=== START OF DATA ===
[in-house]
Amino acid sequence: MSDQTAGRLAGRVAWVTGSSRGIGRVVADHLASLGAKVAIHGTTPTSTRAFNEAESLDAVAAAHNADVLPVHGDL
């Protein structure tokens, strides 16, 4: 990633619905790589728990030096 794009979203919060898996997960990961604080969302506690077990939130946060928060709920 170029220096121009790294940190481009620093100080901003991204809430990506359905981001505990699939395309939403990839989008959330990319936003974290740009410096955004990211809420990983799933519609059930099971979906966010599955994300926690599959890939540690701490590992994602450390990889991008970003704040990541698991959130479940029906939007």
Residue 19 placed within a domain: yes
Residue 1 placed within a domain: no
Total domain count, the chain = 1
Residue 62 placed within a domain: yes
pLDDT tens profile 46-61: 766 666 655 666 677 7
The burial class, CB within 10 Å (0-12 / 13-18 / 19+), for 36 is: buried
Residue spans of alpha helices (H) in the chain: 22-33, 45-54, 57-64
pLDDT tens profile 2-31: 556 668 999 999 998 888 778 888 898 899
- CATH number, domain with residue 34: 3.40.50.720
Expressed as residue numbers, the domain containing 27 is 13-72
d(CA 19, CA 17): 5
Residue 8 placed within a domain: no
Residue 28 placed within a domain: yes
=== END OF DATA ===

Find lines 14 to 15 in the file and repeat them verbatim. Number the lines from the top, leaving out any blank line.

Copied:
d(CA 19, CA 17): 5
Residue 8 placed within a domain: no